New guidance from the RCOG states a vaginal birth after a previous caesarean section has a success rate of around 75%, which is the same as for first-time mothers.
Even if the woman has had two or more previous caesareans the success rate of a vaginal birth only reduces slightly to 71%.
Lead author Professor Janesh Gupta, of Birmingham University, said according to the Daily Mail: "Women can be assured that in most cases it is possible and safe to have a vaginal birth after a previous caesarean section."
Professor Gupta said doctors should use this guideline and, unless there are clinical reasons why a vaginal birth should not be attempted, make pregnant women aware this is a valid birth option.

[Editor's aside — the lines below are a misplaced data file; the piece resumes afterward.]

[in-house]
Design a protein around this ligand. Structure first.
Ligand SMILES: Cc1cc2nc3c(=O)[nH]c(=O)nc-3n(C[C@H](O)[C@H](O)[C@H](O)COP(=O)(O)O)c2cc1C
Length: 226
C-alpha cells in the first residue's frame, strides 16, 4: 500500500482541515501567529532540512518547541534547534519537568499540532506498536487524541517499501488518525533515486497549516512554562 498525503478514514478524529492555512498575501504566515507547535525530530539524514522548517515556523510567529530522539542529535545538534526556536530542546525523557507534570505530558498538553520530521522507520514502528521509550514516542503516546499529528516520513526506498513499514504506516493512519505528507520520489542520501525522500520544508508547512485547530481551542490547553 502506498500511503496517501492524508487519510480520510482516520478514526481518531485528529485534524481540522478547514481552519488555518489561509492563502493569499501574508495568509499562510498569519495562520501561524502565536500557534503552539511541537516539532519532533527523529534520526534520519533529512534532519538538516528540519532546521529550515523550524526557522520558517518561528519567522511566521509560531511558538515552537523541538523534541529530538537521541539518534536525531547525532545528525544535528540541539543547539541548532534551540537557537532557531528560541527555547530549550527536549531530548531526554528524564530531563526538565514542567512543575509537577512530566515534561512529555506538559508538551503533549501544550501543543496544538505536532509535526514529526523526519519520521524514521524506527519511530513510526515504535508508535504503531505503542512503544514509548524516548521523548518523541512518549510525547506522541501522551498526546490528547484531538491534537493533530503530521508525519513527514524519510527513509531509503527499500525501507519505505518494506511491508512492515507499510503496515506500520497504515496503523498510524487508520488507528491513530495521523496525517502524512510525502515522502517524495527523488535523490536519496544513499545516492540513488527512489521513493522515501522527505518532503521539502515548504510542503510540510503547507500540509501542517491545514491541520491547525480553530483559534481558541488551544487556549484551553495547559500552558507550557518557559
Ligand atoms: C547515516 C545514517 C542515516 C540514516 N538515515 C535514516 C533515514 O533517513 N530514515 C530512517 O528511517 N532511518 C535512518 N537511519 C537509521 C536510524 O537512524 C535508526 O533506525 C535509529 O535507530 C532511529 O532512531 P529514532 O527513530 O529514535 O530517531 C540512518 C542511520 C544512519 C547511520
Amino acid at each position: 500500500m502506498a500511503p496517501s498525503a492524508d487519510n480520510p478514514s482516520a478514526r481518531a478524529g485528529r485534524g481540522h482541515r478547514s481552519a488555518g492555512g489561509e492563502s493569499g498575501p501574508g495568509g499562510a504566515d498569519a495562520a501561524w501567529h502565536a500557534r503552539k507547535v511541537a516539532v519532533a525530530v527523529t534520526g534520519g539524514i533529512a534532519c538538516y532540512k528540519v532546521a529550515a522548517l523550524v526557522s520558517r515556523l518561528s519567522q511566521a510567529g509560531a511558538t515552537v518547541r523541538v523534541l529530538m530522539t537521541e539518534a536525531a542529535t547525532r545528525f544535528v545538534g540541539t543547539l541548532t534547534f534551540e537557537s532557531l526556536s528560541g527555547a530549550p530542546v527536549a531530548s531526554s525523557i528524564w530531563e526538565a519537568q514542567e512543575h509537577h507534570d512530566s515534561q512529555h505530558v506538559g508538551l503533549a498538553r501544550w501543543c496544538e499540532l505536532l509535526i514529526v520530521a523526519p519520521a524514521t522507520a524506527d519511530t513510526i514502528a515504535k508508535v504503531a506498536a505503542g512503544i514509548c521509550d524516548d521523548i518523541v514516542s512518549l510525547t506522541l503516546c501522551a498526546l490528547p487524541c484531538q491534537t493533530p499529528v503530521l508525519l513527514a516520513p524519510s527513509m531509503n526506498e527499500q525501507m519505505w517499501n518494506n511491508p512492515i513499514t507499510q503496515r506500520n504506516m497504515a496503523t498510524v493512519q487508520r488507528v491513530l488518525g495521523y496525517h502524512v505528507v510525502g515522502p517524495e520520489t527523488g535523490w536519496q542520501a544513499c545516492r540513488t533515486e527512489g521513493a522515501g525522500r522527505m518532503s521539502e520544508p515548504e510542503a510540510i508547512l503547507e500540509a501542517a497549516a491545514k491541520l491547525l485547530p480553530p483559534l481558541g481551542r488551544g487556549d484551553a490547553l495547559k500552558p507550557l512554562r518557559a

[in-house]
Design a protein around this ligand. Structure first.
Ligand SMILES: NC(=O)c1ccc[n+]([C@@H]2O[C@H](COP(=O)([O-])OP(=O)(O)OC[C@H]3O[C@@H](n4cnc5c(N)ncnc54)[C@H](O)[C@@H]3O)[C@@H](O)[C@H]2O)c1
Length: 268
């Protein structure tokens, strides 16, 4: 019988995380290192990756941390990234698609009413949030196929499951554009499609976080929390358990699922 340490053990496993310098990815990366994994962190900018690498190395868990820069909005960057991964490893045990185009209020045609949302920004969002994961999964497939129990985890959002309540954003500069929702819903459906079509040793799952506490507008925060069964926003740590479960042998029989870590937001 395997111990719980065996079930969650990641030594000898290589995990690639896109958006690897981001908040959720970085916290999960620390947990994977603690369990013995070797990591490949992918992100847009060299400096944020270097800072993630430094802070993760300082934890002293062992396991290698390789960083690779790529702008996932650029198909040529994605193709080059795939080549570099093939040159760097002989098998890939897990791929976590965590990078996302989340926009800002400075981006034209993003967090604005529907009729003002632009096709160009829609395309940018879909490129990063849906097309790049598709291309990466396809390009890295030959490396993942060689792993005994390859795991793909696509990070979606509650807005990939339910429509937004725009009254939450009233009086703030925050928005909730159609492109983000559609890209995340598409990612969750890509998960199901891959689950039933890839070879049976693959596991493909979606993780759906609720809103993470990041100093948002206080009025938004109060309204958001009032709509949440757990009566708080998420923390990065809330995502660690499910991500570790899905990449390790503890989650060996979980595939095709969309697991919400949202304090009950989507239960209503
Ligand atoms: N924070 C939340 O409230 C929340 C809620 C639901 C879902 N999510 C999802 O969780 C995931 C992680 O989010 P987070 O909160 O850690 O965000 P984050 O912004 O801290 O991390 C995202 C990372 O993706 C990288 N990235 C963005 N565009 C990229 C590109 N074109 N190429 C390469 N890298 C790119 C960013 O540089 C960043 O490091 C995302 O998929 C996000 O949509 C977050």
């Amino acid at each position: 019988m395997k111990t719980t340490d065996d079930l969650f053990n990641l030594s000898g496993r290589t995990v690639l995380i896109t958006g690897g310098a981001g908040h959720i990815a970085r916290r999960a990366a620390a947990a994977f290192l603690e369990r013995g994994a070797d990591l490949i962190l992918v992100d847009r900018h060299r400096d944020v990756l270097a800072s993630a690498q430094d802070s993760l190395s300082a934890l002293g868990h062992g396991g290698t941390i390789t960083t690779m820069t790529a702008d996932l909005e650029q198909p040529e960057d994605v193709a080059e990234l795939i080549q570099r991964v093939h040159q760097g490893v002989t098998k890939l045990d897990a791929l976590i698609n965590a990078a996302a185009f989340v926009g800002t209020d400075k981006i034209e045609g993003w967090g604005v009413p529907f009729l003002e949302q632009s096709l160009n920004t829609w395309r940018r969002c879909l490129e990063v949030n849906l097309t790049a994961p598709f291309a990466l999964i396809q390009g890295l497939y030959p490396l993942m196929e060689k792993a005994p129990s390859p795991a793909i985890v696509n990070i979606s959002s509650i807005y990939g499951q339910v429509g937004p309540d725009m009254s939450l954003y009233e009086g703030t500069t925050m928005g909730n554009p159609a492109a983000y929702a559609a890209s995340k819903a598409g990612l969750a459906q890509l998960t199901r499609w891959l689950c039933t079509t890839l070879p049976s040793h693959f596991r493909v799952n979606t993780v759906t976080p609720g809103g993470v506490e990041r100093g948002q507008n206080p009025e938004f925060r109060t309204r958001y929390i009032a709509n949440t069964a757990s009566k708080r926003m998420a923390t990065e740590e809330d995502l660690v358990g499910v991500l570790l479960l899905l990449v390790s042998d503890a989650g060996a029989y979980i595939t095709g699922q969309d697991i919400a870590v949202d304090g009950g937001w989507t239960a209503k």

The authors said the main risk of choosing a natural birth, is the risk of the woman then needing an emergency caesarean. If this happens, the risk of major bleeding increases to 14.1% compared to 3.6% for a planned caesarean.
Commenting on the guideline, Louise Silverton, director for midwifery at the Royal College of Midwives, said: "Existing research has indicated that previous childbirth experience plays an important role in decision-making about methods of childbirth, and this guidance will support clinicians to discuss this issue with women.
"This shows that the majority of women who have had one caesarean section can have a vaginal birth next time.
"Women should speak to midwives and doctors about what options they have, so they fully understand what care pathway is available to them and what will be involved."